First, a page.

One other point I’d like to make is that “green” and environmentalism seem to have a leftist perception. To me this is absolute craziness. Conservatives need to be just as concerned about these issues as leftists, but I don’t think that is happening.

  36. The Coyne/Wells thesis blended together: you can’t score a goal if you don’t have the puck.

  37. “Because as long as he goes on winning, by whatever means, he becomes the status quo. So whatever he does imprints itself upon the public’s reptilian brain as the natural order of things. He doesn’t win by persuading. He persuades people by winning.”

    Harper has openly expressed this ambition. From Wells 12Feb08: “You know, the longer I’m Prime Minister… the longer I’m Prime Minister.”

  38. I want to thank you, Mr.Coyne, for trying to put the Ritz ‘gaffe’ into perspective.

    ————————————–

    “Harper has no plan/ Harper has plan”

    Certainly interesting take on the subject. We’ll see how it plays out.

    But a short note on inconsistency here: I have noticed that some in the media seem to insert the importance and/or irrelevance of past and present in at will. Sometimes the past counts, sometimes it doesn’t. Which is it?

    Trying to be objective here. If the past is fair game to bring out an example for one leader then it should be fair game to bring out the past for all leaders.

  39. Which brings me to the Conservative cheerleaders on here. Either you really do hope Harper has a hidden agenda, which makes you’re continual whining about Liberals saying as much quite humourous. Or you’re content with Liberal style governing which makes one wonder what was wrong with the Liberals in the first place?!

    Yeah, you’ve got a point there. I’ll have to think about that one.

  40. “…what was wrong with the Liberals in the first place?!”

    When Martin and then Dion transformed the Liberals into the NDP part deux.

  41. Yeah, damn them Liberals and their balanced budgets for the last 8 years. How can we survive with fiscal actions like that? Good grief, and there wasn’t even a major outbreak of disease caused by cutbacks to government agency. What kind of third-rate country do those Liberals think we want to be?

  42. Or you’re content with Liberal style governing which makes one wonder what was wrong with the Liberals in the first place?!

    Hmm … that scheme that basically stole from the National Treasury to puff up their party’s electoral warchest, that gave them an unfair advantage in ’97 and ’00, might have had something to do with it? Just perhaps.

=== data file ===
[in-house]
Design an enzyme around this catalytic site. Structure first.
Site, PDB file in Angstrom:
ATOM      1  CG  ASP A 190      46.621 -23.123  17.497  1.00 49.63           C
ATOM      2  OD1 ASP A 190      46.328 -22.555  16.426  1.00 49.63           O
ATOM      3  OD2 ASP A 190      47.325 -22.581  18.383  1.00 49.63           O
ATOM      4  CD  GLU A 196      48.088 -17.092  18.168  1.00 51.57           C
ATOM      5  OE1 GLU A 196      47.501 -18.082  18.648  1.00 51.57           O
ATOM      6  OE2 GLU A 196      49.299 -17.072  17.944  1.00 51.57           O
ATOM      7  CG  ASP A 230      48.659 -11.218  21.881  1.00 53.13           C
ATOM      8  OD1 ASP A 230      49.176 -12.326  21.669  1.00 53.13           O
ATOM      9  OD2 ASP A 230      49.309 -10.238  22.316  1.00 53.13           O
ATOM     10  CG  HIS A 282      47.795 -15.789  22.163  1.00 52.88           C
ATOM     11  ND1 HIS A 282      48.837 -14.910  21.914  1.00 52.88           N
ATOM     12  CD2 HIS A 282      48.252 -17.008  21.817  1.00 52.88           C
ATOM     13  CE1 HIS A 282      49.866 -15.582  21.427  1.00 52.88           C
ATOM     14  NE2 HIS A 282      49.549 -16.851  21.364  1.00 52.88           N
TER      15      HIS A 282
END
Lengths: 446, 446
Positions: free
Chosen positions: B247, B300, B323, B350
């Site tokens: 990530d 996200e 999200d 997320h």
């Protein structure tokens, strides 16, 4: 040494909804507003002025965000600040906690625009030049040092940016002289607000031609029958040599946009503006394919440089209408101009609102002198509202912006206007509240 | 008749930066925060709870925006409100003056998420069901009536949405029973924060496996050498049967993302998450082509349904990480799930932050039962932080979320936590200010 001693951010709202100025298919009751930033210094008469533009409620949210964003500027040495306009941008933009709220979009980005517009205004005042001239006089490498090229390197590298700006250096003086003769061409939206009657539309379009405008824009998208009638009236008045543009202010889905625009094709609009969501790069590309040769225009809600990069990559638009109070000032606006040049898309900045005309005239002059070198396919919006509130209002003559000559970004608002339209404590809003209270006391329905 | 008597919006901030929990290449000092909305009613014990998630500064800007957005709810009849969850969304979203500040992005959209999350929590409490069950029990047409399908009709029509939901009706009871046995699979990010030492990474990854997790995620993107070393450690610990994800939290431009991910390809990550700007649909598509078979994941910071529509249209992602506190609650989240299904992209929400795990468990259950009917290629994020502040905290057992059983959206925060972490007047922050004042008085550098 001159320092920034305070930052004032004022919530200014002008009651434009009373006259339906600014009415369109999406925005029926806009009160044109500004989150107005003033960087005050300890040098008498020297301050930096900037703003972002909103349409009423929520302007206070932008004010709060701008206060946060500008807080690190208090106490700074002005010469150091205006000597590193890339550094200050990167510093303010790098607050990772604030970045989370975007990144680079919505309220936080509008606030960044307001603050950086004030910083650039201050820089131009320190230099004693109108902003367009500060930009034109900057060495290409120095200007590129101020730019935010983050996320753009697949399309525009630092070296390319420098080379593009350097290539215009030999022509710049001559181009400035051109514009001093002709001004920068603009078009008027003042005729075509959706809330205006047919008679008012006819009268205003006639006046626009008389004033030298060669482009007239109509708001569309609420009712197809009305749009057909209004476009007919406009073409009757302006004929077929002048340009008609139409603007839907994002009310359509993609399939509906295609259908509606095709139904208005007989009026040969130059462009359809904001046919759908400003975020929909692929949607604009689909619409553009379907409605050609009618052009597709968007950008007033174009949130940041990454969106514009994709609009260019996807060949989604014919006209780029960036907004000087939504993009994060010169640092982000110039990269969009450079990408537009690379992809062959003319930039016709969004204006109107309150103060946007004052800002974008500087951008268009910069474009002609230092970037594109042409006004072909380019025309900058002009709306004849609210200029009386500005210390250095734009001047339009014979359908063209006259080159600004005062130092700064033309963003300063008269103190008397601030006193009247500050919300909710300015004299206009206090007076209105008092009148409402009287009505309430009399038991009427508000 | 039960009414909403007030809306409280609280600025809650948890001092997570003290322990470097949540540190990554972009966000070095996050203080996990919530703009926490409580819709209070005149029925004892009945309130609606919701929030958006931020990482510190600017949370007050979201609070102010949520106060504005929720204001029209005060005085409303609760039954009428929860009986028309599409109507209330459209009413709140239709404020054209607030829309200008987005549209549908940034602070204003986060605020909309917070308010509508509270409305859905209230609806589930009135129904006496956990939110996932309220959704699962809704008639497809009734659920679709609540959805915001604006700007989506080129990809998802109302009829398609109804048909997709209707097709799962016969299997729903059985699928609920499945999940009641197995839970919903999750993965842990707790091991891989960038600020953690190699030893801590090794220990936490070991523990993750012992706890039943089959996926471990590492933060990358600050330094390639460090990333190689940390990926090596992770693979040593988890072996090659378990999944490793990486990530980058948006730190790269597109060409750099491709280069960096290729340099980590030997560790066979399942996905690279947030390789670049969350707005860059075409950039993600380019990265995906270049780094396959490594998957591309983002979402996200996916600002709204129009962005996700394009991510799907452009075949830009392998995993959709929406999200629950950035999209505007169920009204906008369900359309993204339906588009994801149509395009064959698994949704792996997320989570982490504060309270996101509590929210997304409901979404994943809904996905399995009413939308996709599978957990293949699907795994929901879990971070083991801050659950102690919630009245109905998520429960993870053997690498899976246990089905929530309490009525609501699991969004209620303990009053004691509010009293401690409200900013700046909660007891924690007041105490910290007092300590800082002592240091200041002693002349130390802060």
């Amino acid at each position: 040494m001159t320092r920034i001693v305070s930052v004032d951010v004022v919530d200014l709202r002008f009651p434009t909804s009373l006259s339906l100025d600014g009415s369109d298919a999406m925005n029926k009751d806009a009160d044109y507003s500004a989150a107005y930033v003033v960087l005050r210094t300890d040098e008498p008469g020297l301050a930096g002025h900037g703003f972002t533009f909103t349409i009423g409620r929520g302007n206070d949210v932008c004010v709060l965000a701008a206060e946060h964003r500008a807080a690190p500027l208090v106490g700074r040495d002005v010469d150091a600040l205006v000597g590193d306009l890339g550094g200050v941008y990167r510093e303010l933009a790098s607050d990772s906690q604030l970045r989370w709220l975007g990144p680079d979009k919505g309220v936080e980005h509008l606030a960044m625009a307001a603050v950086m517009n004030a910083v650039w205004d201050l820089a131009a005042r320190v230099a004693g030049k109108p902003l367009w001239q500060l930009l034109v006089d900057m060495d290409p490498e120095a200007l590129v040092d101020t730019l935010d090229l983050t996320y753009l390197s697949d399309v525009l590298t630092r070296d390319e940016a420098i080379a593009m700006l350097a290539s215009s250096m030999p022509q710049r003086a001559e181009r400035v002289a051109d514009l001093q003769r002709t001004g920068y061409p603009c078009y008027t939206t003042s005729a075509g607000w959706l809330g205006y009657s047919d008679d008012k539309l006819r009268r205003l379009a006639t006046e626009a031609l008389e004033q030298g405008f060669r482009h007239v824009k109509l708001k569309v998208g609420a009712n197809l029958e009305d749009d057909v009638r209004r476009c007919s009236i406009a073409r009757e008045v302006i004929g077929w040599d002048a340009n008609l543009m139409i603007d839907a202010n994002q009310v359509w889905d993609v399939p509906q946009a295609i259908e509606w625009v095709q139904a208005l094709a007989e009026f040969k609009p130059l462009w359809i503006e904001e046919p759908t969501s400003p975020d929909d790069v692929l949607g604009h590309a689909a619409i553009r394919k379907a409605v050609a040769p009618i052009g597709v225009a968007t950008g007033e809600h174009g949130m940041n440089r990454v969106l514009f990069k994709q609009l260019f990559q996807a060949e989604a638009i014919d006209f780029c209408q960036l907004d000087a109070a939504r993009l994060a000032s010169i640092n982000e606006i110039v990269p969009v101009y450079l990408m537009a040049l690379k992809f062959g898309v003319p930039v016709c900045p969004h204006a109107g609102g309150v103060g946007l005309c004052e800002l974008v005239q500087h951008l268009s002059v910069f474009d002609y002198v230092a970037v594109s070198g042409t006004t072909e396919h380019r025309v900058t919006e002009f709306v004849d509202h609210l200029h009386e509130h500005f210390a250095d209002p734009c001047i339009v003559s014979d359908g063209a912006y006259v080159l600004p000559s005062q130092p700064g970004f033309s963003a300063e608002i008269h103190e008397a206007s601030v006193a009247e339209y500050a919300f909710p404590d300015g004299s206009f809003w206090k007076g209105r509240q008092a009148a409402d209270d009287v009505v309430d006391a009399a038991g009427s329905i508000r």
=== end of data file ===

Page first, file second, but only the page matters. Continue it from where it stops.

T. Thwim, give it up. That listeriosis outbreak would’ve happened had there been 100x the normal complement of inspectors. They only found the cause a month later, after cleaning the whole place top to bottom a few times!

    Just like Walkerton was all down to cuts at the MoE, and nothing at all to do with the moronic PUC boys the Koebels, eh? Nevermind that it was the private labs that initially caught the problem. Myths take on a life of their own …

  43. Coyne, you are something.

    Trudeau says one thing and does another. Coyne Onanizes himself to the point of risking injury.

    Harper says one thing and does another. Coyne rends garments, ululates and bemoans the country.

    At least your cousin was honest about her Trudeau lust, go see Justin and get rid of that tension.

  44. KRB: AH. Good to know we have an expert here who obviously knows more than the board of the CMAJ. Tell me, KRB.. how much do you get paid for your food industry expertise?

  45. “Once a system, ideology or institution is entrenched, however moribund and corrupt, it’s all but impossible to shift it.

    Harper isn’t interested in persuading the public to come round to his point of view, or in behaving in a principled or ideologically consistent fashion. All he wants to do is win. (The Coyne thesis.)”

    You’ve nailed modern politics, and Harper quite well.

  46. This isn’t rocket science…in fact people have known this game for a long time:

    “It isn’t that he has suddenly been transformed into a moderate, in the mold of the party’s hapless past leaders, but he has been converted to incrementalism.

    Whatever his ideological objectives, Mr. Harper has as his first goal to make his party into a permanent contender for power: to end one-and-a-half party rule, forever. That is a matter not only of building a lasting electoral coalition, but given Canada’s peculiar political history, of reforming its institutions. Conservative predecessors had won smashing victories, only to be overwhelmed in office by the vested interests of Liberaldom.

    Previous Conservative prime ministers aspired only to run the Liberal machine for themselves, leaving the motor running for the Liberals when they returned. Mr. Harper wants to dismantle it, piece by piece.”

    And who wrote that? Well…it was a certain Andrew Coyne. So why are you so surprised that your 2006 predictions have come true?

    http://www.nytimes.com/2006/01/23/opinion/23coyne.html

  47. Or to put it another way Andrew, why the faux outrage when Harper does exactly what you thought he would do?

  48. Conservative predecessors had won smashing victories, only to be overwhelmed in office by the vested interests of Liberaldom.

    How absurd. People vote Liberal, don’t forget.

  49. Andrew,
    Canadians voters are not ideological.
    Are you serious?